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What's Happening to CBOs under JTPA and Where Do We Go from Here? Highlights of the NYEC Survey

What's Happening to CBOs under JTPA and Where Do We Go from Here? Highlights of the NYEC Survey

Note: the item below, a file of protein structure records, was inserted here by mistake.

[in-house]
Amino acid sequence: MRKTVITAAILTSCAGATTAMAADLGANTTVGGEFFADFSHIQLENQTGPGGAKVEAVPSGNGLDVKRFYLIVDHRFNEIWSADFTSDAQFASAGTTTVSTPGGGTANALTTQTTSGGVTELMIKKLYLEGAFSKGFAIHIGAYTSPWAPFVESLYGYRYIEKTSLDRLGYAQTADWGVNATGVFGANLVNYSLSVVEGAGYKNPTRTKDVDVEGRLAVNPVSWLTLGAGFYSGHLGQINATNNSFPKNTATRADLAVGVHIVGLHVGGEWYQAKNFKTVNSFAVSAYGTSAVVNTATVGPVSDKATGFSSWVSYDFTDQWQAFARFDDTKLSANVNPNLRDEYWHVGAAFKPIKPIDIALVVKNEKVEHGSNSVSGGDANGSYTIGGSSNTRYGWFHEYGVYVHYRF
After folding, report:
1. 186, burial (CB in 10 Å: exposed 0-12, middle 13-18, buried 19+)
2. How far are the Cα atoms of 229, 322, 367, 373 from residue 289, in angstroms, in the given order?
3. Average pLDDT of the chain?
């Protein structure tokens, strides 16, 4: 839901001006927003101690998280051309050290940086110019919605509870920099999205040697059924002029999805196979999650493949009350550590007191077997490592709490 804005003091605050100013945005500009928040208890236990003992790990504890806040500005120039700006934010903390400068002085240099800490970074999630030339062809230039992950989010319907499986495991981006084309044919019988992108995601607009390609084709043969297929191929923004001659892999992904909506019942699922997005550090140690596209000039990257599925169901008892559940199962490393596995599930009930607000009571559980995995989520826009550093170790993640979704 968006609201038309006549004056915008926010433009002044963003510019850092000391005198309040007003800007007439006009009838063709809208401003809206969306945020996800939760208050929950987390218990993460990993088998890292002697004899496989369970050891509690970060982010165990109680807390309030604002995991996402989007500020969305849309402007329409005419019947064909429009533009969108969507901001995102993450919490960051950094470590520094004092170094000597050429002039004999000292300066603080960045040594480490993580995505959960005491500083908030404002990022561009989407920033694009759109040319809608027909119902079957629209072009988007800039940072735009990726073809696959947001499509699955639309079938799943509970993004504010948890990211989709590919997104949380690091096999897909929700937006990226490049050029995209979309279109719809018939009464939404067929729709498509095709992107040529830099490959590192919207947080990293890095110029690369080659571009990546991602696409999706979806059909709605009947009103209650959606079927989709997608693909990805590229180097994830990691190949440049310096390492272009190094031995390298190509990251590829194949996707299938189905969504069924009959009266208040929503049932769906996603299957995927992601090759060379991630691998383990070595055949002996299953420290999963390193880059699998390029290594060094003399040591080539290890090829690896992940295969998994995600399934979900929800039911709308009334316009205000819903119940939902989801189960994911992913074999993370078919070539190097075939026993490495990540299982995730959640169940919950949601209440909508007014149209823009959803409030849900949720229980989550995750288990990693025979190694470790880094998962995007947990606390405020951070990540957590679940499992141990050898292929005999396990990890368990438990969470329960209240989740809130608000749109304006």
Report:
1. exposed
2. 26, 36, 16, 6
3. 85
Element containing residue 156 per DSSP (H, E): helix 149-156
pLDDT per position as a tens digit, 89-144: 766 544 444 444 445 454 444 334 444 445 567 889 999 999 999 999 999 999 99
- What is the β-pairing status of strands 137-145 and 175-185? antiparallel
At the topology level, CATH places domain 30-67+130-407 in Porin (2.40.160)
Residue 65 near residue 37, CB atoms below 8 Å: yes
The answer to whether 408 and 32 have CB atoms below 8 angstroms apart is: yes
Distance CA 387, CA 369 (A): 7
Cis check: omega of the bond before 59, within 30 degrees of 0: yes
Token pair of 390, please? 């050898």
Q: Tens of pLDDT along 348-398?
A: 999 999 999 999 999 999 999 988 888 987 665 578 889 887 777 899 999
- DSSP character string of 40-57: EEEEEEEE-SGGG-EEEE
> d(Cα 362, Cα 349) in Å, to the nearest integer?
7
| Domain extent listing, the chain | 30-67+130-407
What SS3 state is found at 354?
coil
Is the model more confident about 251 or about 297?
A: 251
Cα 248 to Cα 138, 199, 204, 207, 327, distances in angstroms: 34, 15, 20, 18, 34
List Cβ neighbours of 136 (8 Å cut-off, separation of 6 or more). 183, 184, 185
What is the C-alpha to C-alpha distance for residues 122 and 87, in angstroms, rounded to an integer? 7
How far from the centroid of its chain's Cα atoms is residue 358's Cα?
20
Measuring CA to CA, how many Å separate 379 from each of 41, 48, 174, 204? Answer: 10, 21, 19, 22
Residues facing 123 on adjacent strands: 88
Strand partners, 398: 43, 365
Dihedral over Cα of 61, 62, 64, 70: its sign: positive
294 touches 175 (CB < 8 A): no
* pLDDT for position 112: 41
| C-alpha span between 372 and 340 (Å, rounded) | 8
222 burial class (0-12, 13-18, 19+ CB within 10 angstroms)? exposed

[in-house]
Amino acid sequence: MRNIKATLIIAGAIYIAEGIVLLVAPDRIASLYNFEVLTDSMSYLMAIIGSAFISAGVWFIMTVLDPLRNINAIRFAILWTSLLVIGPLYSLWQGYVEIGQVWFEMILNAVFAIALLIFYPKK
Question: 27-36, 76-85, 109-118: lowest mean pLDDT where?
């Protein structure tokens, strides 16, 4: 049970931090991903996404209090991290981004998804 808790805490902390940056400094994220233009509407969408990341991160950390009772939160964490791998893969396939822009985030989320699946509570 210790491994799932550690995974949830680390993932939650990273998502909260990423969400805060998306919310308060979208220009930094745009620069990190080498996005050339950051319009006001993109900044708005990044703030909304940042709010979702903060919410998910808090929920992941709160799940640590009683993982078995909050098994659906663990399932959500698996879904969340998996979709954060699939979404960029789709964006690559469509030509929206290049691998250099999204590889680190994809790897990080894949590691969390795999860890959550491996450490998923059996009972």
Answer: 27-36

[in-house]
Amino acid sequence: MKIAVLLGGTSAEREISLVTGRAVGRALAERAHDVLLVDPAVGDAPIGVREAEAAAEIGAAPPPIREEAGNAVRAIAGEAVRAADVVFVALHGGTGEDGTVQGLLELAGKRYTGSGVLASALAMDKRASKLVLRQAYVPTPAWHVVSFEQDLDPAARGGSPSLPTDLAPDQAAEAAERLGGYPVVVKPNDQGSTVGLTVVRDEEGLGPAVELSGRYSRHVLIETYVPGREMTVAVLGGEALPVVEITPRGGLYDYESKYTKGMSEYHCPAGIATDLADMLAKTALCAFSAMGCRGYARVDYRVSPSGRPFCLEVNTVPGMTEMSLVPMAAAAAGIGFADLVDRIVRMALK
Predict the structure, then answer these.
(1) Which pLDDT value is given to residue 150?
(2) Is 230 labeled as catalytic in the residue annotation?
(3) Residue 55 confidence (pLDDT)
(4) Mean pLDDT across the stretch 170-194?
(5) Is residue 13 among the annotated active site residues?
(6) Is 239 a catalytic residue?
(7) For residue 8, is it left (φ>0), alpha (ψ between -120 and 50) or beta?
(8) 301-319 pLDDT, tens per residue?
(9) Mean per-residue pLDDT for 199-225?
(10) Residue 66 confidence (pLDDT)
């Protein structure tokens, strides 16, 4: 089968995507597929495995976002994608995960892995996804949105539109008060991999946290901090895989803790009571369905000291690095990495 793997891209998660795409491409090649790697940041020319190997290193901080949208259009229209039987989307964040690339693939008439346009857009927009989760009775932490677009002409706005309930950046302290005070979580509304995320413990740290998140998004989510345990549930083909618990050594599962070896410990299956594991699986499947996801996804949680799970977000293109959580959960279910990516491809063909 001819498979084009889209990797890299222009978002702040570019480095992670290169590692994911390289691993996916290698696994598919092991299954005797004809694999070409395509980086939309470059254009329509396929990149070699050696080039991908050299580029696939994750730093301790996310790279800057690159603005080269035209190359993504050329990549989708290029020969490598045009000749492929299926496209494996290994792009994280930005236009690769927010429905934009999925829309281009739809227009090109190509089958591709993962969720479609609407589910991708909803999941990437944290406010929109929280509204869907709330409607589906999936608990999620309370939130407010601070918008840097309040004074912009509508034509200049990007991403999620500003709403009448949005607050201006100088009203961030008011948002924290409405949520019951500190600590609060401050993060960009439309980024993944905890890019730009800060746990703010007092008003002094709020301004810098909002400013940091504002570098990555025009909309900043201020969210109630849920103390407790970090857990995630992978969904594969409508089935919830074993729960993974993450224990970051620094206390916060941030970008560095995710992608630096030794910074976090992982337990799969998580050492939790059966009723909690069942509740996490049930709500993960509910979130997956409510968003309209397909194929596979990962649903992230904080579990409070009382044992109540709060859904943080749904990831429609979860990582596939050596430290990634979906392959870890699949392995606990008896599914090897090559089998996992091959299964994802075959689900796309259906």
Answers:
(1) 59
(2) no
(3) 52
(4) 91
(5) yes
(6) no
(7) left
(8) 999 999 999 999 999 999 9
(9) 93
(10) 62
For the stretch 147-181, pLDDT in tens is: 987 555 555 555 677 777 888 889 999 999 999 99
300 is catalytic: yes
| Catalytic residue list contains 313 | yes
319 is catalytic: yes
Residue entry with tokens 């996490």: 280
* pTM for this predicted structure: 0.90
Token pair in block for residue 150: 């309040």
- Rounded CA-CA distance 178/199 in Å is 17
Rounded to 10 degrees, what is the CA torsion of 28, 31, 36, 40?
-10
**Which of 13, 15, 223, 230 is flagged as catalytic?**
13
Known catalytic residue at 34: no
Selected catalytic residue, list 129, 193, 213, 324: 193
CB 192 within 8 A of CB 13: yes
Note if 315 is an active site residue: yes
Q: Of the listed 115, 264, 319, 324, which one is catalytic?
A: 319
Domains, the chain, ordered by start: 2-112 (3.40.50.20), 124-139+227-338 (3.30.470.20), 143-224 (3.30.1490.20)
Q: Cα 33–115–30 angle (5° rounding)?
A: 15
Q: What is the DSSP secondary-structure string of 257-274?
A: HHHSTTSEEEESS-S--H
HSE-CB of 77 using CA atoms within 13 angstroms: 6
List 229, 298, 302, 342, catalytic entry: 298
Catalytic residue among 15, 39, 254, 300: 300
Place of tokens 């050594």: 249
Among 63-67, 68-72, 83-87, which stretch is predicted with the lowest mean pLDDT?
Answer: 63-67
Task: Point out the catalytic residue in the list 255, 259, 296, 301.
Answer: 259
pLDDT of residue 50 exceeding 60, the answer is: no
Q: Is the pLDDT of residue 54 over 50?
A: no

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  DOCUMENT RESUME ED 249 343CE 039 023 AUTHOR Rallis, Lawrence Neil TITLE What's Happening to CBOs under JTPA and Where Do We Go from Here? Highlights of the NYEC Survey.PUB DATE 5 Jun 84 NOTE 22p.; For related documents, see CE 039 024-025.Paper prEsented at the National Youth Employment Coalition Symposium on "Training Disadvantaged Youth--The Future Role of Community-BasedOrganizations" (New York, NY, June 5, 1984). PUB TYPE Reports - Research/Technical (143) -- Speeches /Conference Papers (150) EDRS PRICE MF01/PC01 Plus Postage.DESCRIPTORSAdolescents; *Agency Role; *Community Action;Community Cooperation; Community Organizations; Community Programs; *Disadvantaged Youth; Employment Problems; *Employment Programs; Federal Legislation;Federal Programs; Government Role; Job Training;*Program Attitudes; Program Effectiveness; Public Agencies; Young Adults; *Youth Employment IDENTIFIERS *Job Training Partnership Act 1982ABSTRACT This paper summarizes the results of a National YouthEmployment Coalition (NYEC) survey of community-based organizations (CBOs) about the effects of the Job Training Partnership Act (JTPA). Findings are summarized in these areas: (1) changes in funding for training disadvantaged youth, (2) changes in service to youth, (3) the role of CBOs in the JTPA delivery system, and (4) problems facing CBOs. In the first area, the survey found that the average fundingfor CBOs decreased by 58 percent and the averagefunding for CB0 efforts to provide employment and training for disadvantaged youth decreased by 35 percent under JTPA. In the second area, 40 percent of CBOs served fewer out-of-school youth, 31 percent served fewer Black youth, and 35 percent served fewer Hispanic youth than they had served under the old Comprehensive Employment and Training Act (CETA) funding. The role of CBOs in the JTPA delivery system has decreased. One-third fewer GBOs are serving on Private Industry Councils than served on the former Prime Sponsor Advisory Councils, acid many CBOs did not apply for JTPA funding since they thought they could notqualify. Finally, the biggest problems facing CBOs today includelimitations on administrative funds, elimination of stipends, meeting performance standards while serving large numbers ofdisadvantagedyouth, cash flow, obtaining or operating performance-based contracts, and difficulty in getting information about plans and requirements. However, some CBOs have survived aid prospered,and they should serve as models for the changps needed by others. At the same time, CBOs should work together for needed changes in the JTPA and its regulations. (KC) *********************************************************************** * Reproductions supplied by EDRS are the best that can bemade * * from the srcinal document. * **,********************************************************************  Pir1 41 re\ C7 WHAT'S HAPPENING TO CBOs UNDER JTPA LLJ AND WHERE DO WE GO FROM HERE?HIGHLIGHTS OF THE NYEC SURVEY U II IMPARTMENT Of IDUCATION NA rioNAL iNsriTuTE OF EDUCATION .A ' RP INFoRmno., f twc, r. twv, ,eptod.c fK7 4% orArt.,, ftf rrvv .Set, NUE June 5, 1984 Prepared for: PERMISSION TO REPRODUCE THISMATERIAL HAS BEEN GRANTED BY C tYkl_rry, TO THE EDUCATIONAL RESOURCESINFORMATION CENTER (ERIC). National Youth Employment CoalitionSymposium on Training Disadvantaged Youth and the Future Role of CBOs Prepared by: Lawrence Neil. Bail is 70 Leicester RoadBelmont, Massachusetts 02178  SELECTED FINDINGS FROM THE NA'IONAL YOUTH EMPLOYMENT COALITIONSURVEY OF COMMUNITY BASED ORGANIZATIONSCHANGES IN FUNDING FOR TRAINING DISADVANTAGED YOUTH Between 1980 and 1984: The average funding for community based organizations(CBOs) from CETA/JTPA decreased by 58% --Roughly one in four CBOs lost all CETA /JTPA funding The average funding for C3O efforts to provide employmentand training for disadvantaged youth decreased by 35%--Roughly one in five CBOs lost all employment and training funding If one takes the 34.3% increase in the cost of living between1980 and 1984, the drop in funding for CBOs thPt much more severe. Roughly 43% of CBOs were unable to tap any new sources of revenueto make up for cutbacks they ware experiencing. 0  CHANGES IN SERVICE TO YOUTHBetween 1980 and 1984: 402 of CBOs served fewer out-of-school youth - -23% served 50% fewer out-of-school youth 312 served fewer Black youth--17% served 50% fewer Black youth352 served fewer Hispanic youth--17% served 50% fewer Hispanic youth Nearly half of the CBOs believe that their SDAs are giving a lower priority to serving disadvantaged and out-of-school youththan CETA Prime Sponsors had done in the past. Nearly half of the CBOs report that JTPA performance standardsare forcing them to serve people with more skills and with fewer barriers to employment than they would prefer to serve. r- r  ti ROLE OF CBOs IN THE JTPA DELIVERY SYSTEMOne-third fewer CBOs are servingPrivate Industry Councilsthan served on the former Prime Sponsor Advisory Councils.One quarter of the CBOs that received CETA funding did not apply for JTPA fundsA quarter of them thought that they did not have a chan.:eto be funded.PROBLEMS FACING CBOs The biggest problems facing CBOs today include: r, Limitations on administrative monies (78%)Elimination of stipends (60%)Meeting SDA performance standards while serving largenumbers of disAdvantaged youth (55%) Cash flow (50%) Obtaining or operating performance-based contracts (40%)Difficulty in getting information about SDA plans and requirements (35%) More than 40% of CBOs report that cutbacks in technicalassistaace that they receive have had a moderate or asevere impact on their ability to compete for funds under JTPA.